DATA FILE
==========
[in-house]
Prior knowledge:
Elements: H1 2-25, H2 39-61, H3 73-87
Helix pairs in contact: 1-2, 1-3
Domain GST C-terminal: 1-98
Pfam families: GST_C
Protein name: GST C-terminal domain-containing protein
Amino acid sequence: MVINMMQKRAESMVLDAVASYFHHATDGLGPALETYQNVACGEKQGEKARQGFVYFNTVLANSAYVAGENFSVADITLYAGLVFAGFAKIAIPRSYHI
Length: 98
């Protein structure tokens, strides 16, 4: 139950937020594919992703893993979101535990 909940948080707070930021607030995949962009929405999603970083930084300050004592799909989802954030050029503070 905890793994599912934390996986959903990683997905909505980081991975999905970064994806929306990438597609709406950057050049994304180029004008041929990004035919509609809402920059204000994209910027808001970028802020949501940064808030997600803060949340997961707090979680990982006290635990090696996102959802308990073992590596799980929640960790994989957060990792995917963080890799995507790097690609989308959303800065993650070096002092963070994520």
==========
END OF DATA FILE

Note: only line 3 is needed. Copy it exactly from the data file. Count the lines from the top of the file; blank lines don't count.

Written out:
Elements: H1 2-25, H2 39-61, H3 73-87